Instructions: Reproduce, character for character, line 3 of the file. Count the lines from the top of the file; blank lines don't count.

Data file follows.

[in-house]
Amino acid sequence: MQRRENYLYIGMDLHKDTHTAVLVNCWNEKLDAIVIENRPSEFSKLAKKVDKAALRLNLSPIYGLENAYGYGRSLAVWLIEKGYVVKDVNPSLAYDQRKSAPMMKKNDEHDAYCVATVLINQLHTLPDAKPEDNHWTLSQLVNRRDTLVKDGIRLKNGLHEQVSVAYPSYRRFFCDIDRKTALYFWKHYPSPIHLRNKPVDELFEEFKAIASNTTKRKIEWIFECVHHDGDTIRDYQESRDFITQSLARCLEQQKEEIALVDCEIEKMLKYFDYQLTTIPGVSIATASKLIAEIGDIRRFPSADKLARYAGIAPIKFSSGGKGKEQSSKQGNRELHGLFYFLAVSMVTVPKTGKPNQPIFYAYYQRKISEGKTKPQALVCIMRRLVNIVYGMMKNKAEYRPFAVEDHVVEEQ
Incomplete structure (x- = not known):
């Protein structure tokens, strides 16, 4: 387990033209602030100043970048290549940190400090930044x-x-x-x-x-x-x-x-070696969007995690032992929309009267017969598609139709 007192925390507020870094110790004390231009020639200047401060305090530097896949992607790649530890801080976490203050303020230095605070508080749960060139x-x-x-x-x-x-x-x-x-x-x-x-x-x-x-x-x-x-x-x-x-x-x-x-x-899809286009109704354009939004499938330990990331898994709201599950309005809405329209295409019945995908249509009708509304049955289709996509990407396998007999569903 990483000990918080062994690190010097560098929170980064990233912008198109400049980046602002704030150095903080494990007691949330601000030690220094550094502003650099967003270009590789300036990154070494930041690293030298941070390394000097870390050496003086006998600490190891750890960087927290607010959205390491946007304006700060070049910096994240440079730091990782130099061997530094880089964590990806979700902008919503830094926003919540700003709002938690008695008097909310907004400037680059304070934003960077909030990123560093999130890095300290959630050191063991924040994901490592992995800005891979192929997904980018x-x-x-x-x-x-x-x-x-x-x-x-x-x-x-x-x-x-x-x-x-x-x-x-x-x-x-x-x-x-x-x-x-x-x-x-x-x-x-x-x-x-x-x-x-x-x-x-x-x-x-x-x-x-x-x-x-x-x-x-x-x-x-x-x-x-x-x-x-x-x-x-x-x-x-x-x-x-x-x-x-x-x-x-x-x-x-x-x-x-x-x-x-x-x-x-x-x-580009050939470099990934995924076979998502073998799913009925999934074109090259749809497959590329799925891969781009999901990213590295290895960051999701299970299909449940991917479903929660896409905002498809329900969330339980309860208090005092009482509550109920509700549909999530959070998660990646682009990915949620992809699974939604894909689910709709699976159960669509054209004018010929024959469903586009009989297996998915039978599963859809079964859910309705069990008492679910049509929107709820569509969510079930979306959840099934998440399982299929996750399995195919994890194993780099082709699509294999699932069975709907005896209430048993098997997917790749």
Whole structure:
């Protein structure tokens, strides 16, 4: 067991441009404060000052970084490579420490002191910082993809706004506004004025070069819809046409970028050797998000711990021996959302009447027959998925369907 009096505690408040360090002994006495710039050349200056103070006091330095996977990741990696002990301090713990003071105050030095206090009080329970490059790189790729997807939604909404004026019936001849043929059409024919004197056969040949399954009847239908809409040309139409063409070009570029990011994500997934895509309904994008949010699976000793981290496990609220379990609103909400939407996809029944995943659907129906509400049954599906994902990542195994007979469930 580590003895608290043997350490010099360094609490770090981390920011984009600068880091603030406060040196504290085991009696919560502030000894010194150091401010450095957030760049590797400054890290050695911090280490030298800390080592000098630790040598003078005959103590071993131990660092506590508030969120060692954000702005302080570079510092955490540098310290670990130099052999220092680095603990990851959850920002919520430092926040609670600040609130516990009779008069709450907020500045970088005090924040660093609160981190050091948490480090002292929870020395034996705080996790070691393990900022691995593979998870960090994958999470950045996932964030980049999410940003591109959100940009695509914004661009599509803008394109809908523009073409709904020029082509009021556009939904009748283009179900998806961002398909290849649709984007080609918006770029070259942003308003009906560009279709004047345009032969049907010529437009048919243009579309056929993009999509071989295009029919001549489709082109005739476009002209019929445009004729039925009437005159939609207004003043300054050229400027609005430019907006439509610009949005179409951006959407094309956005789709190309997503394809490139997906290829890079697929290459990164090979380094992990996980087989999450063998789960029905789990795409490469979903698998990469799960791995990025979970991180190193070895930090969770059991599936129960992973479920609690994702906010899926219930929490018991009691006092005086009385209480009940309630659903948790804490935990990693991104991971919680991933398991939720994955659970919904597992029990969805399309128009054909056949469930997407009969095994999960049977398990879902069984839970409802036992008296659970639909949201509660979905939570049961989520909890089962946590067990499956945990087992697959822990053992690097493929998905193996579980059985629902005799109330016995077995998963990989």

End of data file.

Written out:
Incomplete structure (x- = not known):